יתרו (Exodus 21:1–24:18)
Our parasha for this week is called Mishpatim, meaning “ordinances,” or “regulations.” If you remember, last week we saw how God had prepared Israel as a nation (Exod 18) and individually (Exod 19) to receive the Torah on Mt. Sinai (Exod 20). In Exodus 20, God gave the 10 commandments to the entire nation, and we spoke about how the 10 commandments were really like a summary of the law, with the first four pointing to loving God, and the following six tell us to love our neighbour. Yeshua gives an even greater summary when he says that the greatest command is to love God and love your neighbour. These two themes are so closely tied together that if you claim to love God but hate your neighbour (speak badly to me, treat them poorly, etc), 1 John says that we do not actually love God.
This morning, we will move on to parashat Mishpatim, which is between Exodus 21–24. Here, we read about the commands God gave to the nation of Israel, which touched on a variety of topics, including treatments of slaves, what to do in the case of theft, property rights, personal injuries, etc. Finally, parashat Mishpatim closes with the “signing of the covenant,” where the nation of Israel collectively agree to follow God’s regulations.
Now, it is likely that most of us did not do our devotions in Exodus 21–24 this morning, and its possible that we have not read the laws in Exodus 21–24 (often called “The Covenant Code”) for quite some time (if at all). This portion of Scripture is generally not spoken explored in any in-depth manner, and there may be several reasons for this.
First, many of these regulations here may seem impractical to us. For example, there is a lot of discussion about selling animals, such as donkeys, oxen, or sheep. In Exodus 22:10–13, laws are provided about what will happen if you give one of these animals to your neighbour as payment, but then the animal later dies or runs away —Who is responsible? While this may be interesting, it is difficult to see how this could be applicable for us this morning.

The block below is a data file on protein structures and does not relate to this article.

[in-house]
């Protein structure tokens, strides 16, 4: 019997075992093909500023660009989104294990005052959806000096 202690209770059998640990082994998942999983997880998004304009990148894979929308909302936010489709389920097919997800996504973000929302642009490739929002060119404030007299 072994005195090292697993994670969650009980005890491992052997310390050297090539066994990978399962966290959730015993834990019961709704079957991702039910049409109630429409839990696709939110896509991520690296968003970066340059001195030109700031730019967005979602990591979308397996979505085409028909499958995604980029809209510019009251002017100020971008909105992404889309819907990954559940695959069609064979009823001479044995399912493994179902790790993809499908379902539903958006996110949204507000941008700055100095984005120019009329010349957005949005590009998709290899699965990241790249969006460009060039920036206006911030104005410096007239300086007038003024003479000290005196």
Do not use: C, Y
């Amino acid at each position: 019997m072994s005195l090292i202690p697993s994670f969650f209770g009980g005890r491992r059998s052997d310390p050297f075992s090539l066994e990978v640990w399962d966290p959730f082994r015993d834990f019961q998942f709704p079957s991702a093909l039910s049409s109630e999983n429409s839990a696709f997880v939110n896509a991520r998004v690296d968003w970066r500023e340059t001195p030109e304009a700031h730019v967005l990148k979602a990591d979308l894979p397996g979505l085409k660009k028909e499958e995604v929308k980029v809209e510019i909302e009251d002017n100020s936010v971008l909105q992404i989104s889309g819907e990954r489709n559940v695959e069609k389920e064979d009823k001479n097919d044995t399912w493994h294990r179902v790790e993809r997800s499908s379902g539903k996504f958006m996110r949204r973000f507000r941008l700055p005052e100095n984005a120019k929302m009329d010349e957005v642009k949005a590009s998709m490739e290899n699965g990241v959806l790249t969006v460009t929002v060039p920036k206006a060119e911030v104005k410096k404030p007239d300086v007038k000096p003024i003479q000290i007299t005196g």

However, one great model to follow is Paul in the New Testament, and how he derived applications from these laws by identifying the heart behind the law. For example, when Paul wrote to the community in Corinth, he quoted laws about treating animals well (“do not muzzle an ox”), and he applied the principle of caring for others to those doing missionary work: treat the workers of God well and care for them so they could continue to do their work well.
And in the same way, I would encourage us not to stay away from reading this portions of text, but to seek the heart behind the laws. One great example is God’s command: “If you meet your enemy’s ox or his donkey, you shall surely return it to him” (Exod 23:4). We may say “Well, I don’t own any ox” and move on. But notice what God is saying: Never rejoice when your enemy suffers. And even if there is a case where your enemy is losing something valuable and it is not your fault, still go out of your way, stop what you’re doing, and help them!
As Yeshua says: “love your enemies and pray for those who persecute you’” (Matt 5:44). This is the very principle we find. So, I would challenge you: always seek the heart of the mandates.
A second reason we may avoid this section of text is because we may find some laws objectionable, or immoral, and we don’t know what to do with them. For example, the first laws listed are about slaves: when should they be set free? what to do if they have children? In light of the past 300 years of North America history, and the horrendous treatment of slaves we have witnessed, we would rightfully shy away from this section.